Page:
UNICEF welcomes the ratification of the UN Disabilities Convention
The children’s agency launches “It’s About Ability” a publication for children on the Convention
NEW YORK, 12 May 2008 - The United Nations Convention on the Rights of Persons with Disabilities and its Optional Protocol, which came into force on 3 May 2008, is the first human right treaty of the 21st century. The Convention aims to promote, protect and ensure the equal rights and fundamental freedoms of all persons with disabilities, including millions of children, worldwide.
The Convention pays special attention to the particular vulnerabilities faced by children with disabilities, including the right to participation, protection from violence, access to information and play. It calls upon governments to provide support and services to families of children with disabilities to reduce the likelihood of abandonment, segregation and concealment.
“The inclusion of children with disabilities is not a charitable act but a matter of rights. Empowering and enabling children makes them less vulnerable to violence, abuse and exploitation,” said UNICEF Director or Programs, Nicholas Alipui.
UNICEF’s work to ensure that children with disabilities have the same rights and opportunities as all other children focuses on changing existing negative attitudes and prejudice in society as well as improving the structures and accessibility of health, welfare and education systems.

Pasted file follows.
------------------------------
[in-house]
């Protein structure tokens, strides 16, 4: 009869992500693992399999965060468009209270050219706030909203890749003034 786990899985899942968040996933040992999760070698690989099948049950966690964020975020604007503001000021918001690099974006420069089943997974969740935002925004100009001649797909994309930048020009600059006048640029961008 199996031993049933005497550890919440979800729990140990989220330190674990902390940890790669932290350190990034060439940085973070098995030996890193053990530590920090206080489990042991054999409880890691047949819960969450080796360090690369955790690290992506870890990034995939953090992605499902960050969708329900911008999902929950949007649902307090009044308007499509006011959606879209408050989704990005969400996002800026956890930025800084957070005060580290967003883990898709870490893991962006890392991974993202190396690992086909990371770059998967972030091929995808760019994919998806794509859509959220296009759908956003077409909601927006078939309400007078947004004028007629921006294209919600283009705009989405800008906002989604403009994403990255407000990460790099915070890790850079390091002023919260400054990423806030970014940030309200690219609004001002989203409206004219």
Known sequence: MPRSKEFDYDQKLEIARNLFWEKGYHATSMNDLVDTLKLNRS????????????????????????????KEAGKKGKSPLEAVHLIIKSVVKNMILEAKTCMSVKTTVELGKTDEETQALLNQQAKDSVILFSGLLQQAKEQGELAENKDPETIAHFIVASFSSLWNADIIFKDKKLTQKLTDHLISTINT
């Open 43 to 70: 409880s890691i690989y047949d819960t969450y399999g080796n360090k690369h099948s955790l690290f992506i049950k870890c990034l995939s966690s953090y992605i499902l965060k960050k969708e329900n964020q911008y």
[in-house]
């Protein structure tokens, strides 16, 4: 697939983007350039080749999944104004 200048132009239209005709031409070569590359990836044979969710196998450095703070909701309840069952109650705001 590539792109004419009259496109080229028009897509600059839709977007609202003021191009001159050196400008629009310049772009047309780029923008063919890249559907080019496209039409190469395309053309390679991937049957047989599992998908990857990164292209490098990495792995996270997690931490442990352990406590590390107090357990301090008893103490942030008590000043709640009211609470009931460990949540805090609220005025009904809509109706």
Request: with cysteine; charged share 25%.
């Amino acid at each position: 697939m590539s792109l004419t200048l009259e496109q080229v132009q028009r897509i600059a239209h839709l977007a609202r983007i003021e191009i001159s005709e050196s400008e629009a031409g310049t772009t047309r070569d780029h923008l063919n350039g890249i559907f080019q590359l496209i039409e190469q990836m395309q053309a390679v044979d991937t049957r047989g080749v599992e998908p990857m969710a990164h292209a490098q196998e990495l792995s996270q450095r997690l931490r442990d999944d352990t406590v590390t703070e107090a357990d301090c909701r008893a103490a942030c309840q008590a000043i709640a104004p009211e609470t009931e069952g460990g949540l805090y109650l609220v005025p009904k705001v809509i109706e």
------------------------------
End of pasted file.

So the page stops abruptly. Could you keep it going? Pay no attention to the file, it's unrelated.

UNICEF and the Victor Pineda Foundation, with the active participation and input from children with disabilities, developed a child-friendly text for the Convention. The document, launched today at the United Nations, aims to educate, empower and motivate all children, but particularly those with disabilities, to claim their rights and to actively participate in challenging discrimination as well as promoting the Convention.
The Disabilities Convention was adopted by the General Assembly on 13 December 2006, and was opened for signature and ratification on 30 March 2007. So far, 128 countries have signed and 25 countries have ratified the Convention.
Countries that have ratified the Convention are obligated to enact domestic laws and policies that are in line with the Convention, while at the same time working to overcome customs and practices that discriminate against persons with disabilities.
For further information, please contact:
Geoffrey Keele, UNICEF NY, + 212-326 - 7583; Gkeele@unicef.org
Indra Nadchatram, UNICEF KL, +(6) 013 366 3452, email@example.com
It's About Ability
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Convention on the Rights of Persons with Disabilities
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